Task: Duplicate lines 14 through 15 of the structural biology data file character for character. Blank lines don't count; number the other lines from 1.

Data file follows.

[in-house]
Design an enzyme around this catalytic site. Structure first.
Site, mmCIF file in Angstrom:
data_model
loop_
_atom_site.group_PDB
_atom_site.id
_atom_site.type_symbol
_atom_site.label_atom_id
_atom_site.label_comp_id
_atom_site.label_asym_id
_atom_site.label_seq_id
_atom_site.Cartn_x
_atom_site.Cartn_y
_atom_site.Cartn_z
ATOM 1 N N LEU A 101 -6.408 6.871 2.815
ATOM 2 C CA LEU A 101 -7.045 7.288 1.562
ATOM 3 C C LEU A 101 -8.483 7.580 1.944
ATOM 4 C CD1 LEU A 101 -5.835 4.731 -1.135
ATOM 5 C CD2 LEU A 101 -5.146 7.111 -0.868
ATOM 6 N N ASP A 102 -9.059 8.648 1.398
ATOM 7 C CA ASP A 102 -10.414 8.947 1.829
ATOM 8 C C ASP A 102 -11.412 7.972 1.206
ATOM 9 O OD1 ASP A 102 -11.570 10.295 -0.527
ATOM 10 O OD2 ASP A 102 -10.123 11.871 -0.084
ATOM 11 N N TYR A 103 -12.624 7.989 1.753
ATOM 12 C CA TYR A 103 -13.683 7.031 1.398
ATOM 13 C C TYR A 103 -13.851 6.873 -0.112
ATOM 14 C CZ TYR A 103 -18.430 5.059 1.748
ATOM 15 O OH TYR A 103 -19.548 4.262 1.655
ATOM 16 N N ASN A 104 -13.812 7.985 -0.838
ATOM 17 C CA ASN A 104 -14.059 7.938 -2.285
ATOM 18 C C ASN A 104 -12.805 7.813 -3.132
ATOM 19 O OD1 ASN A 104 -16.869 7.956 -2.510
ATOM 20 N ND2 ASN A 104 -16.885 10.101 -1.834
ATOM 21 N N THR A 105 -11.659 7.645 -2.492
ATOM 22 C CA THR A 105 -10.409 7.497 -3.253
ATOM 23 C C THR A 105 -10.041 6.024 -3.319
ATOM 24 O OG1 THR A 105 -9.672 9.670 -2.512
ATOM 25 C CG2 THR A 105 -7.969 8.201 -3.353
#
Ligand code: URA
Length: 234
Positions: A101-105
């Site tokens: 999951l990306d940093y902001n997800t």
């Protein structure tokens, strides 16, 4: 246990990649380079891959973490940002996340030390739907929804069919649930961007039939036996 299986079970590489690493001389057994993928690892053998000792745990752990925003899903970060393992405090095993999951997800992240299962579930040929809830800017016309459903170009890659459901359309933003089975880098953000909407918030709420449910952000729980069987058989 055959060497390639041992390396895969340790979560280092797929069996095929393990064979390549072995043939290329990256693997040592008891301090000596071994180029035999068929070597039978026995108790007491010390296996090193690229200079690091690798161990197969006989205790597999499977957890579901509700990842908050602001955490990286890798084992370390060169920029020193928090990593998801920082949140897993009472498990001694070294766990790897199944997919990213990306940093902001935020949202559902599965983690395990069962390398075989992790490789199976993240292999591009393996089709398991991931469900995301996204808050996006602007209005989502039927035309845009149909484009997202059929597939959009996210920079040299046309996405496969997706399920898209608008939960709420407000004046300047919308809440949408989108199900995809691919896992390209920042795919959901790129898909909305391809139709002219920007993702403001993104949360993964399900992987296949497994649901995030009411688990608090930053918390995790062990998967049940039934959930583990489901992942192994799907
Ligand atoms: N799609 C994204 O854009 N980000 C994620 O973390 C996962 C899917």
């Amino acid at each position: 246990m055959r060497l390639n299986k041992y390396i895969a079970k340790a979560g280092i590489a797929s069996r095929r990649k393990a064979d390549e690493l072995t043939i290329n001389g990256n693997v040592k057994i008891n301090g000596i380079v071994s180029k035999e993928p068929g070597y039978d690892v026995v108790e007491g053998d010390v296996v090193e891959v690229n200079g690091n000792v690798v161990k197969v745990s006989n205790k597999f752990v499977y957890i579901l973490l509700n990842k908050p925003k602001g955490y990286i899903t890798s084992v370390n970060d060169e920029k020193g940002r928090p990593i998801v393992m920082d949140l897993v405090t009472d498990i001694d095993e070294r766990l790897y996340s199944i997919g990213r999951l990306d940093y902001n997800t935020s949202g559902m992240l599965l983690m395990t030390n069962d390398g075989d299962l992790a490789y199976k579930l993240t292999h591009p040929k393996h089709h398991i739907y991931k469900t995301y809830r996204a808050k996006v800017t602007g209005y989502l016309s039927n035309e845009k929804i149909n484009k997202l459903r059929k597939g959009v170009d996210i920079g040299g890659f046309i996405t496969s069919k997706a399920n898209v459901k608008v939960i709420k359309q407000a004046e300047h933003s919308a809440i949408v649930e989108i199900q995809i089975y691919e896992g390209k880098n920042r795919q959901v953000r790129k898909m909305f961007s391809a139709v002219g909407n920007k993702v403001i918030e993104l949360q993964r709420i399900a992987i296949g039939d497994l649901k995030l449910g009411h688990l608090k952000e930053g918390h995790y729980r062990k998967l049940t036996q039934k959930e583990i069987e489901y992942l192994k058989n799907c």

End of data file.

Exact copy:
_atom_site.Cartn_y
_atom_site.Cartn_z